Actual baseball, well sorta, is being played now and man did it feel good listening yesterday. It was also good to hear the genuine crack off the bat of Ke’Bryan Hayes. Man that kid makes a sound we haven’t heard in Pittsburgh since Josh Bell’s one month of dominance.
Let’s dig in, cause things are swirling around the old noggin today.
1. If the Bat Plays, So Will He
I keep hearing people say Cole Tucker needs to move to the Outfield because there is too much coming in the middle infield. Let’s be honest about Cole, he needs to hit. That’s it. Where he plays will sort itself out if the bat warrants it. If it doesn’t, he’s better off at least playing a position where he can positively impact defensively like shortstop. Is he Jay Bell or Raphael Belliard? I know which way I lean, and there can be a place for either type of player, but Belliard wasn’t going to take reps from anyone in the outfield, I suspect Tucker won’t either. It’s so simple you almost believe there has to be more, but no matter what you believe is best for him, nothing happens without that bat becoming more of a concern for opposing pitchers.
2. Bryan Reynolds’ Batting Slot
Early in Spring a coach will sometimes lift his skirt a bit and show you what their ideal order is for most nights. We obviously don’t know if Derek Shelton subscribes to that way of thinking but yesterday’s starting lineup sure looked plausible minus Stallings and a potentially healthy Adam Frazier.
Coach put Bryan Reynolds in at the number 3 hole and I get it, so what I’m going to say at this point is probably nit picky. I think Reynolds is at his best when he has more pressure to get on base than to drive in runs. Now, that’s not to say he can’t or won’t drive in runs, but he’s at his best, in my mind, when he has just as much incentive to take his walks as to gap one. I also love having a switch hitter in that spot because it prevents pitching changes from creating a lack of balance in the order.
I also like his speed there in front of two players (Hayes & Moran) very prone to doubles. Ultimately, I’ll settle for being happy if Shelton simply picks an order and sticks with it a bit, but if I’m allowed to nitpick, Reynolds is my number 2 guy.
3. Pirates Announcers Speak the Unspoken
One of the most interesting aspects of yesterday’s broadcast had to be Greg Brown and Bob Walk directly talking to the plan this franchise has undertaken. I’m not saying they’ve lied to us in the past, but they certainly liked to give you the rose colored glasses version of the roster. Yesterday, they focused on what was being built and even touching on the methodology behind it. It’s a small thing, but in many ways it really was refreshing to not hear that Musgrove was traded because Kuhl and Brault were ready or something to that effect.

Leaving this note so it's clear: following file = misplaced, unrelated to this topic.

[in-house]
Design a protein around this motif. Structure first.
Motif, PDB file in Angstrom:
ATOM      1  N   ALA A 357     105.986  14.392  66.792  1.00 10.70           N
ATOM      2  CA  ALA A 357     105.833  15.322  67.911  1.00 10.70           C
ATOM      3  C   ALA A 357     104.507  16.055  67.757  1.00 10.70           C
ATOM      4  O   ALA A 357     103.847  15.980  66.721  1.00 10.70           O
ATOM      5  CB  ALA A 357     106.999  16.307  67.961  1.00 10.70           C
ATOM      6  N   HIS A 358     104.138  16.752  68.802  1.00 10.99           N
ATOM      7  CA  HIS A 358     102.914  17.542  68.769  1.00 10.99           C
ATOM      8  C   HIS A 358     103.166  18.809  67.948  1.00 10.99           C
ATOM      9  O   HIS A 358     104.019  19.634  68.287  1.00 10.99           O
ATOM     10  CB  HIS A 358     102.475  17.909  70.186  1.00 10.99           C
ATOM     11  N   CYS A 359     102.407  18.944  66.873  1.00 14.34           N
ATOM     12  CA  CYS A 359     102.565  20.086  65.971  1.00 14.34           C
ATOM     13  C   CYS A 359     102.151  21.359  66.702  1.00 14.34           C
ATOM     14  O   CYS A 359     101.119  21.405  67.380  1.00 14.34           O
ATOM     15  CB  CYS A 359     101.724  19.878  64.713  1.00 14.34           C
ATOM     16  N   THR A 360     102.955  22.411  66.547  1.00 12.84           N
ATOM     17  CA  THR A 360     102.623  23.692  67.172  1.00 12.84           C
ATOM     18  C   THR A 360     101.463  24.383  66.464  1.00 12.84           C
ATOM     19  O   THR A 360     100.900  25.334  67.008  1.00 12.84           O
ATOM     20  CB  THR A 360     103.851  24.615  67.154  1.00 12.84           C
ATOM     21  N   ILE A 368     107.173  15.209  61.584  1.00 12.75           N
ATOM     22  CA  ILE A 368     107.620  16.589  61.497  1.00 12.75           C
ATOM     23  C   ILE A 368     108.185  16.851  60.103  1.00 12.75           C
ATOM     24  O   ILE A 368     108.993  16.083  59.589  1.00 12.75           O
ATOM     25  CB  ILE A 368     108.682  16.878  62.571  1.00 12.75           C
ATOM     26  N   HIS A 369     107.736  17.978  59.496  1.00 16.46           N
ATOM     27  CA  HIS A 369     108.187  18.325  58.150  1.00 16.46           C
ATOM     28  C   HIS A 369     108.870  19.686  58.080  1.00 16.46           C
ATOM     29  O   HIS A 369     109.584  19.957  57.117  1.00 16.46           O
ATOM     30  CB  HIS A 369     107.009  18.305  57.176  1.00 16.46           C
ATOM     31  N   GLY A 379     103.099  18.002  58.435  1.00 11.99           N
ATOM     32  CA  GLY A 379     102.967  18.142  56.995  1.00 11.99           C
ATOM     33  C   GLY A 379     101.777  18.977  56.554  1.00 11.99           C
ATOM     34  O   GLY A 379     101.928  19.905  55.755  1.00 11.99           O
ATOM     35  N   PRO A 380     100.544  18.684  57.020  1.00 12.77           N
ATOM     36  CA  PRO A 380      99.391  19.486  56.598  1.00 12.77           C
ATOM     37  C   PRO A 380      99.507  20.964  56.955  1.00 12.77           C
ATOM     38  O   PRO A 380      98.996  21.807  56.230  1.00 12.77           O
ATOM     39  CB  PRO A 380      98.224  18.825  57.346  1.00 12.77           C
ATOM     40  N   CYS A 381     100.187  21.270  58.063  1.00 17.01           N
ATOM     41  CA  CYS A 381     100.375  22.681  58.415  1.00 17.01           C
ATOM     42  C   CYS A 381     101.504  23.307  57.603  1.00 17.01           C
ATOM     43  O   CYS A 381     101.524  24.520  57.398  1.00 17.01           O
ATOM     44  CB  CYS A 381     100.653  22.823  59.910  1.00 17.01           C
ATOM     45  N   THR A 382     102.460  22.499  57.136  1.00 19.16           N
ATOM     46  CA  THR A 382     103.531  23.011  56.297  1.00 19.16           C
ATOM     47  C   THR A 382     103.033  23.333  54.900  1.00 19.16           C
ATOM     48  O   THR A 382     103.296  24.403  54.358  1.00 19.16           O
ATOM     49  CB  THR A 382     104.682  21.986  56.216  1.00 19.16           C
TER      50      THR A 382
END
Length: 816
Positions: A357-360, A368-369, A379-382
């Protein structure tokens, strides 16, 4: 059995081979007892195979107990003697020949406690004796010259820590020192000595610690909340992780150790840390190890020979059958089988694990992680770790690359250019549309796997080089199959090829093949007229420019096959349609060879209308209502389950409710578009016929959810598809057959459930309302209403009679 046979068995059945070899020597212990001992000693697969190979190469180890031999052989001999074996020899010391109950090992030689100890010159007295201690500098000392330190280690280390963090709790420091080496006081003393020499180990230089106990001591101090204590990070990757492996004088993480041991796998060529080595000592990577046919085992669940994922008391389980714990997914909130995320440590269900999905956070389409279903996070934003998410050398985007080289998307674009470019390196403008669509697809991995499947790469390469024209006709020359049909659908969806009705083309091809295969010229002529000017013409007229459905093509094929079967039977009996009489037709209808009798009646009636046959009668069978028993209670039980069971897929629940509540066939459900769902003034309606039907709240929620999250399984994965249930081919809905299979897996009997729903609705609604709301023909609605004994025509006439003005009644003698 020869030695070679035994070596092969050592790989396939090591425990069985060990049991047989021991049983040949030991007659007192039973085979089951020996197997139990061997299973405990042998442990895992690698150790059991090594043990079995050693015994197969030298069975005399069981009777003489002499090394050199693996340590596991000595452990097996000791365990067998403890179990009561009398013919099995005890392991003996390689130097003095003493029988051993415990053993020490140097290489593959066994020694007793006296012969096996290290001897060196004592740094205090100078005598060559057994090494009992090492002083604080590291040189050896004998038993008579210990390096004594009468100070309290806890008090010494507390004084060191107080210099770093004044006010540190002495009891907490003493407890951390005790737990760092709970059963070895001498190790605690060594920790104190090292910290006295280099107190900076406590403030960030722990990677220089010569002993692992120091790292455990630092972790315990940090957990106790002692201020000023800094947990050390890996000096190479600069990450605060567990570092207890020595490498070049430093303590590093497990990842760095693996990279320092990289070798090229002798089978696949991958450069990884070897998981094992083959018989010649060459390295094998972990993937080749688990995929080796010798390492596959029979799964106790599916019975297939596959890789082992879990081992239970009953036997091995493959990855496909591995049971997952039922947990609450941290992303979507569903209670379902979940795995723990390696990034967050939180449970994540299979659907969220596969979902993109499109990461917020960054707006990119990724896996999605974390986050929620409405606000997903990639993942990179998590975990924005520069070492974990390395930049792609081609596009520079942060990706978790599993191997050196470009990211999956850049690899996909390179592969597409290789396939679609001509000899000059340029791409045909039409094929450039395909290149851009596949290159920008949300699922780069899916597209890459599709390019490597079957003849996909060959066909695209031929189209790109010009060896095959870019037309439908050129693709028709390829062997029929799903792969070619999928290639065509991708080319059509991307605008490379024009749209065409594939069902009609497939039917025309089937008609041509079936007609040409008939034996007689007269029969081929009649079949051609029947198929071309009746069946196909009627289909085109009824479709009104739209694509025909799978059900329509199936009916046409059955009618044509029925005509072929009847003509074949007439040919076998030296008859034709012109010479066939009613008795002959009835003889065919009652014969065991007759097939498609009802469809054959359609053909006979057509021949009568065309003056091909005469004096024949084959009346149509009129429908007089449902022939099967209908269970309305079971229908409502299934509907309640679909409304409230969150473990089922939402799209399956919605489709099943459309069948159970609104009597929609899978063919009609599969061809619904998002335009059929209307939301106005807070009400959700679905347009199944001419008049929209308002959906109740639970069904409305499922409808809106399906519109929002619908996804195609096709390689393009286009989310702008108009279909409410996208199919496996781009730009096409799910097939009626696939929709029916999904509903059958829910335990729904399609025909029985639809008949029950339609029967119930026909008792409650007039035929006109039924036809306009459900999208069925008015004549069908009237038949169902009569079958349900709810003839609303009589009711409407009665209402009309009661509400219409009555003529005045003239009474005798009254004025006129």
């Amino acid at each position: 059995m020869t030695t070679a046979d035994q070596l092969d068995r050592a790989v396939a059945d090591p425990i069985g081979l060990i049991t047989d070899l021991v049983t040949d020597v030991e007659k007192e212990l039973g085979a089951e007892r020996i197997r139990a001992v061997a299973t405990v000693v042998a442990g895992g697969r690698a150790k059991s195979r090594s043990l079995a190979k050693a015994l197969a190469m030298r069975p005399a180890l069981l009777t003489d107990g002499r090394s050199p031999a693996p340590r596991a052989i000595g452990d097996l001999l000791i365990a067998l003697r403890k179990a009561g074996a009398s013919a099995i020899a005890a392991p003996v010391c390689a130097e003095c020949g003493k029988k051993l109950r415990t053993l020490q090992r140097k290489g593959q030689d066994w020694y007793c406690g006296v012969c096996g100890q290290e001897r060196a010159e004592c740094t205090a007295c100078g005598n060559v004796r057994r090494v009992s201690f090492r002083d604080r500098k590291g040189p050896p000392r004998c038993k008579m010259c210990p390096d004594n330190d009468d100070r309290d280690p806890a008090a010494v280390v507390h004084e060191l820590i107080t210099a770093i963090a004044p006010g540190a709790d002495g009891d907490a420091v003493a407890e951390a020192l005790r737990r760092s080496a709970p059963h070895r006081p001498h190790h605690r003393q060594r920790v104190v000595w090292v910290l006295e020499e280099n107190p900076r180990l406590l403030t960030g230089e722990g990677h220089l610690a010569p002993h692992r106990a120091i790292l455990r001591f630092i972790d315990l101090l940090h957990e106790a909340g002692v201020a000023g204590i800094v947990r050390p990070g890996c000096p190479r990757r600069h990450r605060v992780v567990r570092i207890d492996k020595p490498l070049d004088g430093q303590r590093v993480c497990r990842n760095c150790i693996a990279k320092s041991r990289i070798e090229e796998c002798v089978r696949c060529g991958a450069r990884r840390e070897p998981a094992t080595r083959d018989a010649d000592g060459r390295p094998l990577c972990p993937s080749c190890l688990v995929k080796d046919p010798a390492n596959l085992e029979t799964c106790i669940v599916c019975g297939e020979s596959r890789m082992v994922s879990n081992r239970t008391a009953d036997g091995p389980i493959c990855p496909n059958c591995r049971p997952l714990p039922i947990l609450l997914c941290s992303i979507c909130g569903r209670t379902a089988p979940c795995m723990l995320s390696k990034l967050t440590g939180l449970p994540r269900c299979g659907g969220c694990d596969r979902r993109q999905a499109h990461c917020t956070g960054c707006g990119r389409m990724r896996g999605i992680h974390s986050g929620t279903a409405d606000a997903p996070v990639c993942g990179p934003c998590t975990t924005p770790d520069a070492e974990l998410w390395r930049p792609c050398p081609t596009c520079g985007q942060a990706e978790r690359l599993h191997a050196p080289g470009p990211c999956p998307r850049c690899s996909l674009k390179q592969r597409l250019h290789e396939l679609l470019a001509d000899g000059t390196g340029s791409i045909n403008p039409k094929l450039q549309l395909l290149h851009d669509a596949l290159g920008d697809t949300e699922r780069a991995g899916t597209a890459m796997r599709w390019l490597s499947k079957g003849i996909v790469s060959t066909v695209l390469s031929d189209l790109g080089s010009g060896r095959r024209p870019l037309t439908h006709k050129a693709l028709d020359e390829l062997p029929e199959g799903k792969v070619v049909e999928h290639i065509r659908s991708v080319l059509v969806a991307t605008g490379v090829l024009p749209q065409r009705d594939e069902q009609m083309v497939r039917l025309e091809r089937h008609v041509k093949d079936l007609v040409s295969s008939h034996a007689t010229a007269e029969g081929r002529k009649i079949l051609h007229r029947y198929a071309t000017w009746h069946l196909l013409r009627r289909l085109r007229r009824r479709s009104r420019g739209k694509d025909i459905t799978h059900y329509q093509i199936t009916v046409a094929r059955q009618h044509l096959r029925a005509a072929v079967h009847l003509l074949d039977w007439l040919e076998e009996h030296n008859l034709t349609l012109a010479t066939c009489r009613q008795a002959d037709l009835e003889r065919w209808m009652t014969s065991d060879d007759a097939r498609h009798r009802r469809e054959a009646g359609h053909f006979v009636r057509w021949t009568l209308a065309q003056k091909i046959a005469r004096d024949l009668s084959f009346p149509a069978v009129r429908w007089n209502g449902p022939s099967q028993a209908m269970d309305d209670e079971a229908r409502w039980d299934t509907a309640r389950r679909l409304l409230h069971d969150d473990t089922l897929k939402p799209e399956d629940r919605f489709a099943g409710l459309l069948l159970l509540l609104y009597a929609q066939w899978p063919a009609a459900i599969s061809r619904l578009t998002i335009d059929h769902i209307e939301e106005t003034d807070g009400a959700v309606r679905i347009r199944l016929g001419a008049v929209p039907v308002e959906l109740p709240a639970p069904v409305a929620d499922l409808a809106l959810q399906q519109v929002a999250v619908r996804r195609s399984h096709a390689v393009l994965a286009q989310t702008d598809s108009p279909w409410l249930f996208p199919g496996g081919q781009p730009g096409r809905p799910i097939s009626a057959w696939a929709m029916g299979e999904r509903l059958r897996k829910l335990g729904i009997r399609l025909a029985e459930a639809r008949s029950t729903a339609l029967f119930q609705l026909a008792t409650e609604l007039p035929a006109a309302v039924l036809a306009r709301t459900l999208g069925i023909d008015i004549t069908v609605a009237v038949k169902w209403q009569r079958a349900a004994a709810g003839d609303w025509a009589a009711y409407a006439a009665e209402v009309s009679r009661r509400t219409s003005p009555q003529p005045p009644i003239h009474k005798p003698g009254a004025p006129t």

It’s important to remember that the Pirates announcers are first and foremost team employees, so if they’re being more honest about what’s going on here, I take that as the team sanctioning such communication. It’s nice to know that we could get a little more transparency and coming from the announcers themselves it might just reach the people who aren’t reading 10 columns a week and listening to 7 podcasts. A fanbase that sees the vision might just support the journey.
4. Standing O
It was wonderful to see Trey Mancini back from his Stage 3 Colon Cancer treatments.
Gives you the chills, even with stunted number of fans in the stands. The Orioles are a real competitor for worst record in baseball for 2021 but this story is bigger than all that. You know everyone on that field was chomping at the bit to play the game, so to see it all come to a halt in the bottom of the first to give this young man a minute and a standing O after tossing an attempted double play ball into the outfield in the top half.
None of that mattered right then, and here’s wishing Trey a healthy and productive return to the game he fought so hard to return to.
5. Colin Moran Might be a Legitimate Upgrade at First
No joke. Defensively he will almost assuredly provide a steady hand that has been shaky at best for the past few seasons. In fact he flashed the leather on a screamer down the line early on. He can make the throws too, his arm and glove have never been an issue for Colin, range was. At the plate he may not hit the highs Bell could, but he probably avoids the lows. Overall, I believe Moran will ultimately make the Bell trade feel less painful than paper suggests it should. Batting behind Reynolds and Hayes (even if Shelty ignores my suggested order) will provide him ample opportunity to drive in runs, but I do worry about protection in the lineup for him.
If Polanco can hit even .250 his power is real enough to scare some into pitching to Moran although I might be tempted to move him down to 6 to split the lefties up a bit.
Question of the Week
This question was specifically about signing Porcello but we can easily insert any name of a pitcher still hanging out there on the market.
First of all, if a pitcher is still out there, chances are there is a reason. They either think they’re worth more than the teams do or there is something we don’t know that teams are concerned with.
Ben Cherington himself has suggested he might not be done bringing in players including a veteran pitcher, but at this stage of the Spring I think he’d probably be inclined to wait and see who gets waived later on.
Players get waived for all sorts of reasons that don’t always tie directly to performance. It could just be a numbers game or a guy who signed an MLB contract and wants nothing to do with riding a bus again. The Pirates could have more success shopping in that market. And that’s if they get to that point and still feel they need to. Could simply wind up feeling pretty good about who they already have.